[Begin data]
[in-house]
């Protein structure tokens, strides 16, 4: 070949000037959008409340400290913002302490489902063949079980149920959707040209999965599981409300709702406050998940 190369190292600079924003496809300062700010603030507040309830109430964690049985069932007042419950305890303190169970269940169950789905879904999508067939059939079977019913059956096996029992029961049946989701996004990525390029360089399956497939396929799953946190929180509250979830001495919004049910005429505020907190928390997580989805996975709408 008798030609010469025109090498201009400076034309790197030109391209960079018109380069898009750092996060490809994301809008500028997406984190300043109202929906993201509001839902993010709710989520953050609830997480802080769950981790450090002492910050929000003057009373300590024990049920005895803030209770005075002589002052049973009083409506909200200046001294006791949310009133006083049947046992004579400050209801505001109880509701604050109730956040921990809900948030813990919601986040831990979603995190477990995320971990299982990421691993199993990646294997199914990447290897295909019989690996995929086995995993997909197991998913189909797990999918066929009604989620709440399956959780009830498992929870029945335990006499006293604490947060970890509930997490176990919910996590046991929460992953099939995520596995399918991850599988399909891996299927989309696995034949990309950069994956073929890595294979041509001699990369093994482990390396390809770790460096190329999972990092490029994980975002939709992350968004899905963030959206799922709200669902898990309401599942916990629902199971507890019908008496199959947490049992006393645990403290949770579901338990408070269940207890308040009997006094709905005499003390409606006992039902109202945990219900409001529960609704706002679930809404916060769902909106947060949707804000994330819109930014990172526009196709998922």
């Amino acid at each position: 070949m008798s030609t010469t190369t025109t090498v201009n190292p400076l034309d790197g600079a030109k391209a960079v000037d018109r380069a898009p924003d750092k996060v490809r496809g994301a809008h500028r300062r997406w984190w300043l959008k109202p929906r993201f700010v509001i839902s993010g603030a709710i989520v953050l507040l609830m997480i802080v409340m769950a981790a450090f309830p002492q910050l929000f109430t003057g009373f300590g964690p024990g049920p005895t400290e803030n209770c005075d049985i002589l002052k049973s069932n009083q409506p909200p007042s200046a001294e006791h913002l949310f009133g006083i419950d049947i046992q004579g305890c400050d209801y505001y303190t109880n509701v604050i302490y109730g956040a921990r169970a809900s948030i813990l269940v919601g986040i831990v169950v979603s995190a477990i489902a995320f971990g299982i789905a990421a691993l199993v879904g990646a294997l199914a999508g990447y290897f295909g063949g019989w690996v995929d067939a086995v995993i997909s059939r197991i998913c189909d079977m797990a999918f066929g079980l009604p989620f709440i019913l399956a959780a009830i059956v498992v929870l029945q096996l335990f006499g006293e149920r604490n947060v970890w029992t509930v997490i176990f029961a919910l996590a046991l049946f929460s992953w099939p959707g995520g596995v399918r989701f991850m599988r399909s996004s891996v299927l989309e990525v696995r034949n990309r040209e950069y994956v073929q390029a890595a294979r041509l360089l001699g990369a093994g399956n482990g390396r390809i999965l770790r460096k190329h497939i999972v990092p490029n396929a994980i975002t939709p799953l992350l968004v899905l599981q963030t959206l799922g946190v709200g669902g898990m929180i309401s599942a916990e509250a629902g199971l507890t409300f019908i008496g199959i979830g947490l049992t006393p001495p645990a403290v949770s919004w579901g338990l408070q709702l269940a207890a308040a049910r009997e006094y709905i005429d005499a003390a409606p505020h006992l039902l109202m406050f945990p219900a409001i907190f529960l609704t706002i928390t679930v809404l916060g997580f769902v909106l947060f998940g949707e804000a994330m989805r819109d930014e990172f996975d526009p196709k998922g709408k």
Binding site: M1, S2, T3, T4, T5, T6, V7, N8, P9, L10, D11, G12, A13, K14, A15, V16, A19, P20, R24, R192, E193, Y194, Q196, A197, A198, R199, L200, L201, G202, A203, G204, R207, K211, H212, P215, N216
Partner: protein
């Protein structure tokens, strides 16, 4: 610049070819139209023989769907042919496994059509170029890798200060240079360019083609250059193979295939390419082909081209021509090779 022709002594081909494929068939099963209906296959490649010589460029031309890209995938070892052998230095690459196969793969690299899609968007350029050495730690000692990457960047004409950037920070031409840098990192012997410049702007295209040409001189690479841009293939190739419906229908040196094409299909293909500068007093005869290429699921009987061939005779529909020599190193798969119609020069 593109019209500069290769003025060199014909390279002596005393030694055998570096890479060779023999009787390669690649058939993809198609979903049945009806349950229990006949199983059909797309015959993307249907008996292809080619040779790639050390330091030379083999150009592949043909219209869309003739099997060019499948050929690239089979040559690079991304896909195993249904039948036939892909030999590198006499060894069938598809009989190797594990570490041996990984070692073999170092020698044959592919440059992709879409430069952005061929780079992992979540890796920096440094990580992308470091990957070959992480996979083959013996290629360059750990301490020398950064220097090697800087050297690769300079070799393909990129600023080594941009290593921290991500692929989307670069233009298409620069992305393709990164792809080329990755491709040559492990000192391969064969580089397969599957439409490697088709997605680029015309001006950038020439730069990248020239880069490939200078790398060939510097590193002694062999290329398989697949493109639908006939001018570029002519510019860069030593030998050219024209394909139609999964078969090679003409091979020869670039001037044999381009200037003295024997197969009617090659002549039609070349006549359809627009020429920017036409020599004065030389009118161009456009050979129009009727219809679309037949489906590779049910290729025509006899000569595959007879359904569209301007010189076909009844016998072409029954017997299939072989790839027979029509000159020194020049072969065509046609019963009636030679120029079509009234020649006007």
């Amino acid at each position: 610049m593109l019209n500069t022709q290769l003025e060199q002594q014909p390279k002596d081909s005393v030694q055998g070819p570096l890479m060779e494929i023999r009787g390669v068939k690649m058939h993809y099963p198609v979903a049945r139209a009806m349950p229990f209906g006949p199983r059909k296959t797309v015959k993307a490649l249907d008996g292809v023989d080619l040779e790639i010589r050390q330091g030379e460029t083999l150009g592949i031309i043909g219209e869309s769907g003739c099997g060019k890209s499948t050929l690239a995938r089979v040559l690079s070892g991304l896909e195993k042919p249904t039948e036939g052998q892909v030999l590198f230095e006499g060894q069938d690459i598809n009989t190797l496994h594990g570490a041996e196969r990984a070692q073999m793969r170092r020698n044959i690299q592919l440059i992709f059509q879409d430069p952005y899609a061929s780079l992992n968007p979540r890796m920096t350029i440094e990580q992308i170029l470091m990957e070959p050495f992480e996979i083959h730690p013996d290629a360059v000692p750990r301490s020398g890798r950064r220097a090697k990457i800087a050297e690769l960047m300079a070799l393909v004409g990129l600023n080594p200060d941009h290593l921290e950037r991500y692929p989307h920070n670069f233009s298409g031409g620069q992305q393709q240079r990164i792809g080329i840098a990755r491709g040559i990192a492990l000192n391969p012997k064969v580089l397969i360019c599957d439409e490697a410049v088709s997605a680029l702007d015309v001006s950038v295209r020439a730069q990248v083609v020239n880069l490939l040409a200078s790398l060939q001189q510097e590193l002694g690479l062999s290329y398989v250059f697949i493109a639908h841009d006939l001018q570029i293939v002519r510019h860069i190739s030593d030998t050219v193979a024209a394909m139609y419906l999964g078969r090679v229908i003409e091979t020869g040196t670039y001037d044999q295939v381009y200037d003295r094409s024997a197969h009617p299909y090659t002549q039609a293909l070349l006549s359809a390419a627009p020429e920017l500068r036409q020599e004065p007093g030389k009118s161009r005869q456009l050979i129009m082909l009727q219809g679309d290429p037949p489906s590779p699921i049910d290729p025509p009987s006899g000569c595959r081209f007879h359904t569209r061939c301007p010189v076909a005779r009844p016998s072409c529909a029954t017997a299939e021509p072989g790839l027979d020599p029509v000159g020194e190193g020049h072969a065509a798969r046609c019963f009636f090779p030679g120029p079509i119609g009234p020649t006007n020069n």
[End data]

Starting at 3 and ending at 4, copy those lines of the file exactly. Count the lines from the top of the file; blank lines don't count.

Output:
């Amino acid at each position: 070949m008798s030609t010469t190369t025109t090498v201009n190292p400076l034309d790197g600079a030109k391209a960079v000037d018109r380069a898009p924003d750092k996060v490809r496809g994301a809008h500028r300062r997406w984190w300043l959008k109202p929906r993201f700010v509001i839902s993010g603030a709710i989520v953050l507040l609830m997480i802080v409340m769950a981790a450090f309830p002492q910050l929000f109430t003057g009373f300590g964690p024990g049920p005895t400290e803030n209770c005075d049985i002589l002052k049973s069932n009083q409506p909200p007042s200046a001294e006791h913002l949310f009133g006083i419950d049947i046992q004579g305890c400050d209801y505001y303190t109880n509701v604050i302490y109730g956040a921990r169970a809900s948030i813990l269940v919601g986040i831990v169950v979603s995190a477990i489902a995320f971990g299982i789905a990421a691993l199993v879904g990646a294997l199914a999508g990447y290897f295909g063949g019989w690996v995929d067939a086995v995993i997909s059939r197991i998913c189909d079977m797990a999918f066929g079980l009604p989620f709440i019913l399956a959780a009830i059956v498992v929870l029945q096996l335990f006499g006293e149920r604490n947060v970890w029992t509930v997490i176990f029961a919910l996590a046991l049946f929460s992953w099939p959707g995520g596995v399918r989701f991850m599988r399909s996004s891996v299927l989309e990525v696995r034949n990309r040209e950069y994956v073929q390029a890595a294979r041509l360089l001699g990369a093994g399956n482990g390396r390809i999965l770790r460096k190329h497939i999972v990092p490029n396929a994980i975002t939709p799953l992350l968004v899905l599981q963030t959206l799922g946190v709200g669902g898990m929180i309401s599942a916990e509250a629902g199971l507890t409300f019908i008496g199959i979830g947490l049992t006393p001495p645990a403290v949770s919004w579901g338990l408070q709702l269940a207890a308040a049910r009997e006094y709905i005429d005499a003390a409606p505020h006992l039902l109202m406050f945990p219900a409001i907190f529960l609704t706002i928390t679930v809404l916060g997580f769902v909106l947060f998940g949707e804000a994330m989805r819109d930014e990172f996975d526009p196709k998922g709408k």
Binding site: M1, S2, T3, T4, T5, T6, V7, N8, P9, L10, D11, G12, A13, K14, A15, V16, A19, P20, R24, R192, E193, Y194, Q196, A197, A198, R199, L200, L201, G202, A203, G204, R207, K211, H212, P215, N216